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How to Fuel Your Creative Power with Open-Awareness

5 stories that show the productive benefits of being aware of your environment

When John Reed, Citibank’s head of checking account business, took a vacation in 1976, he didn’t expect to have such an epiphany.

Sitting in a beach chair and enjoying the warm sun of the Caribbean, strange ideas came to him about an ever concerning issue: the profitability of personal banking.

Taking his notebook next to him, the ideas then flowed. He imagined on the same beach the concept of ATMs and email account balance verification, concepts that would revolutionize the modern banking system.

This story, although incredible, is not unusual: many creative people made discoveries in a state of open awareness, far from the focused concentration at work.

In Focus, Daniel Goleman shows especially that wandering minds are not opposed to focused attention, but on the contrary, increase your productivity.

Being more aware of the possibilities of your environment helps you select information better and notice more hidden details, which lead to unexpected discoveries.

It makes you broaden your attention, better control states of open imagination, strengthen your states of flow and increase your capacities for acute observation.

Here’s how 4 people reinforced this spontaneous state of consciousness to foster new states of enlightenment.


Learning to Relax and Enlarge Your Focus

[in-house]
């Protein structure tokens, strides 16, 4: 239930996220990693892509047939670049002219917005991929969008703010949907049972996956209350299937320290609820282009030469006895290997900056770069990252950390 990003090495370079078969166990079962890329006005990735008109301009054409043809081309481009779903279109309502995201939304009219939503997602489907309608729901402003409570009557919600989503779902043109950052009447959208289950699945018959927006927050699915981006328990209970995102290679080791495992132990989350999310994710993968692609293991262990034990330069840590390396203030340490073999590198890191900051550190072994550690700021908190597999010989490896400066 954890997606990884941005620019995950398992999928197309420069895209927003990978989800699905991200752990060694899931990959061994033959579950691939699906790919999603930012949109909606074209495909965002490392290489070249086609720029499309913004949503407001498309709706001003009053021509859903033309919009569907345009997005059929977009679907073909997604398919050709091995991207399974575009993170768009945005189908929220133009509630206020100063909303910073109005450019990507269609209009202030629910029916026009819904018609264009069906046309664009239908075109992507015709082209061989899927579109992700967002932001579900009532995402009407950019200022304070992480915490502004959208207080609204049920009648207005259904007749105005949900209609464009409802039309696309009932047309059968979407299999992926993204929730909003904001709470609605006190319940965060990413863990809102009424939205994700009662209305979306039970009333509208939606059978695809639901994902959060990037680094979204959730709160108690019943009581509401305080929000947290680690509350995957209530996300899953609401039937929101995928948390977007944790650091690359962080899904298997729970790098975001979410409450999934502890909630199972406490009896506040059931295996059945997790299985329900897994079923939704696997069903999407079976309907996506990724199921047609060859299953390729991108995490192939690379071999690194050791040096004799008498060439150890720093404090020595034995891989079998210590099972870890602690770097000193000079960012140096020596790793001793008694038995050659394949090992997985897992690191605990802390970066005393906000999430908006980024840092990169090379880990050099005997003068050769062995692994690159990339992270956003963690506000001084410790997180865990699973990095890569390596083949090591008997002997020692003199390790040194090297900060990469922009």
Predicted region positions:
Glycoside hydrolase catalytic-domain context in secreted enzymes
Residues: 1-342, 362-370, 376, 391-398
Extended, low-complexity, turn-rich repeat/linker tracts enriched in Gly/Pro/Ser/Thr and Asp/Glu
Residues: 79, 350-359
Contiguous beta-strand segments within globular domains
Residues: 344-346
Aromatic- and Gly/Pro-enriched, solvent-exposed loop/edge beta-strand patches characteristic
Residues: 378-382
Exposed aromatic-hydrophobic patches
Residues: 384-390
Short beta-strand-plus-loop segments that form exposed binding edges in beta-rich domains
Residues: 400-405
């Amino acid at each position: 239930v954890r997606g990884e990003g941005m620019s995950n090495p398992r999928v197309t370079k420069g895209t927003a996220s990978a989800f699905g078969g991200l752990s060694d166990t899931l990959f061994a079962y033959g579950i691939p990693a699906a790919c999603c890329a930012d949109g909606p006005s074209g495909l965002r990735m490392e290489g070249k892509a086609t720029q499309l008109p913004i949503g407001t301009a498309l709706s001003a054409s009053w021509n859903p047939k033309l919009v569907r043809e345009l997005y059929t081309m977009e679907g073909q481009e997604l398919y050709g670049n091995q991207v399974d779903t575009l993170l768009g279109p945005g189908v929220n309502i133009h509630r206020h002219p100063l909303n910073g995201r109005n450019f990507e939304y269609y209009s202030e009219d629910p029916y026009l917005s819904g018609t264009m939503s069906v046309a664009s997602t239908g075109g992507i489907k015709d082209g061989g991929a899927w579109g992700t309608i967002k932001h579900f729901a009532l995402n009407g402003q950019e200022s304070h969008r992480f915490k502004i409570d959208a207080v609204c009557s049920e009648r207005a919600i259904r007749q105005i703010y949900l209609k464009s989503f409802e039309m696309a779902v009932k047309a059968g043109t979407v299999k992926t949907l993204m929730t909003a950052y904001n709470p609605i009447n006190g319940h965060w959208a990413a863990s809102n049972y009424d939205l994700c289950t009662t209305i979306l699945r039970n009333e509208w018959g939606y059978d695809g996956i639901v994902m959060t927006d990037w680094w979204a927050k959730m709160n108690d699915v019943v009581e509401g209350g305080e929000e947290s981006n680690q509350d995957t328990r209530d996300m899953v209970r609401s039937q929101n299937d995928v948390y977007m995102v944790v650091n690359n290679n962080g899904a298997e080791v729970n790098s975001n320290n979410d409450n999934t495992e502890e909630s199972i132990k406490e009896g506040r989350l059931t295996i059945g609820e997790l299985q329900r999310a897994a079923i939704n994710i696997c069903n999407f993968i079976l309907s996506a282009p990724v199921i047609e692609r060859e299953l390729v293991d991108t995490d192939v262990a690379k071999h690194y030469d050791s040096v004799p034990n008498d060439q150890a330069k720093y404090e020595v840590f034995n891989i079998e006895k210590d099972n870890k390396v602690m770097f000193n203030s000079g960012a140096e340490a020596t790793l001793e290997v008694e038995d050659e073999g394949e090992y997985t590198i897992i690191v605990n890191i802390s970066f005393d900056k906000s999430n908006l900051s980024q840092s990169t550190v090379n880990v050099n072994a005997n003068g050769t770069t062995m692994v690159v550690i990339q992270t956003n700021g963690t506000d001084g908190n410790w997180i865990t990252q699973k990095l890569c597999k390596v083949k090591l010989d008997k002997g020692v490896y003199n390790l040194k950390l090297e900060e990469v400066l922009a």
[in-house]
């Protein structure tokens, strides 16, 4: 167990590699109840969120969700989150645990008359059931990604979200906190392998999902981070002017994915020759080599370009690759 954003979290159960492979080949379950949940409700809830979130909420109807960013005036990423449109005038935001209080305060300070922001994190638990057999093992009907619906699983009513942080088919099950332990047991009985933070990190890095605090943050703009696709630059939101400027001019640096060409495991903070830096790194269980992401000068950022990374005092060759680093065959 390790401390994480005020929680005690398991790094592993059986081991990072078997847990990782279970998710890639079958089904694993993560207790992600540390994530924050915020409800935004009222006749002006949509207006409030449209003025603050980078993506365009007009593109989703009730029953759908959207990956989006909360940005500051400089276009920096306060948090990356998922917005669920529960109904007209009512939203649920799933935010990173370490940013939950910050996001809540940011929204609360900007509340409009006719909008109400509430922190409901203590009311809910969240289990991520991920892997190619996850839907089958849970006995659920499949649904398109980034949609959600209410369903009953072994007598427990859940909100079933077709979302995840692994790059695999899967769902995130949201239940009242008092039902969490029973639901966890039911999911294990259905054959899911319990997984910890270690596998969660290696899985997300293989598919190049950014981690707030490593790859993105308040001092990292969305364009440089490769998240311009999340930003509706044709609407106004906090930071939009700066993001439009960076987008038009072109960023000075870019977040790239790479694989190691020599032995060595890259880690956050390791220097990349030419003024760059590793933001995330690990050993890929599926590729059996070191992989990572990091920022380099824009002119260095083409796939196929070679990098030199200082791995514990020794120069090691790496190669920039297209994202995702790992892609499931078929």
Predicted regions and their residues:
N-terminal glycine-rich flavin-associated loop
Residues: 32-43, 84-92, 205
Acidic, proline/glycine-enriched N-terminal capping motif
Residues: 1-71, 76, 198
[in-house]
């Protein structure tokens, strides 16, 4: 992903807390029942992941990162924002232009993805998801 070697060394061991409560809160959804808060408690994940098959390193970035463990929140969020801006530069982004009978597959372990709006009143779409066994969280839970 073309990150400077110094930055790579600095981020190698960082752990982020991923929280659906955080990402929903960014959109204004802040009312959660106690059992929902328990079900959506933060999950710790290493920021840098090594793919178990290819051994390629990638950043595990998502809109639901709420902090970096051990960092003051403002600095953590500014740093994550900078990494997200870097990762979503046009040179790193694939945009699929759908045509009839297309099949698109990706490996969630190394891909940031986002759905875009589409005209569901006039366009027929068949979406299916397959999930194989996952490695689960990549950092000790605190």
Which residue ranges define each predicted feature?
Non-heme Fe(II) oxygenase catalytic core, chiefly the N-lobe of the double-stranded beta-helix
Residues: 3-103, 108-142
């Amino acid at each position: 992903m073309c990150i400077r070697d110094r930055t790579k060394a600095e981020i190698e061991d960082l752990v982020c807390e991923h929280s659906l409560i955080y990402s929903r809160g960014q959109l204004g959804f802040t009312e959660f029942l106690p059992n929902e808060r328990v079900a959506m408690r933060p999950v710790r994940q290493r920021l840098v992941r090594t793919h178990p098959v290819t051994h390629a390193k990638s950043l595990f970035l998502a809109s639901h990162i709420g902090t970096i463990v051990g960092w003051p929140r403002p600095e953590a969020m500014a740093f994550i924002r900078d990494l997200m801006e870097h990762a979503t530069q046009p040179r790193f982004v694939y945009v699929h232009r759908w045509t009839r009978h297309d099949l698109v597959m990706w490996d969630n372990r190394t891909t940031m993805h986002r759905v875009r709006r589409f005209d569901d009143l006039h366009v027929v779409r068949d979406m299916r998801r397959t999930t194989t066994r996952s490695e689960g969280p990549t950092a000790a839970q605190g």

After moving up the corporate ladder and becoming Oracle’s youngest vice president, Marc Benioff, the future CEO of Salesforces, realized that his job didn’t have the same meaning as before. So he decided to take a month’s sabbatical in Hawaii to relax.

There, spending his time between meditation sessions, trips, and discoveries, he let his mind wander. One day, while swimming among the dolphins, he found new enlightenment to create a cloud computing company that would revolutionize the marketing market, Salesforce.

Just as Benioff’s mind in Oracle, your task-oriented mind in your everyday job, can sometimes prevent new ideas from being considered.

In this state, you may draw your attention to specific information, leaving aside other details that might seem less important.

On the other hand, a more relaxed state of mind enables you to wander through your thoughts and to consider a broader range of insights.

Linked to the default mode of activity of your brain, it inhibits the rigidity of your executive mode brain and wider the view on your environment and problems.

Neuroscience studies show that this state of mind plays a crucial role in brain creativity. The more you can let your mind make broad and diverse connections between distant ideas, the more you pay attention to details that could be very important.

To open yourself to new perspectives in your work or life, you need then to foster states of distraction away from everyday concerns.

You need to put yourself in conditions where you can worry about details that seem less important but could be the unexpected source of your creativity.


Strengthening Your Divergent Thinking

Equipped with the best technologies for observing the universe, Arno Penzias and Robert Wilson had scanned for 1 year the Milky Way looking for discoveries.

These new technologies, although very efficient, had the drawback of requiring the removal of all sources of noise for maximum visibility.

Yet, when seeking to eliminate all possible noise disturbances, the two astronauts were still unable to get rid of an irreducible noise that disturbed their waves.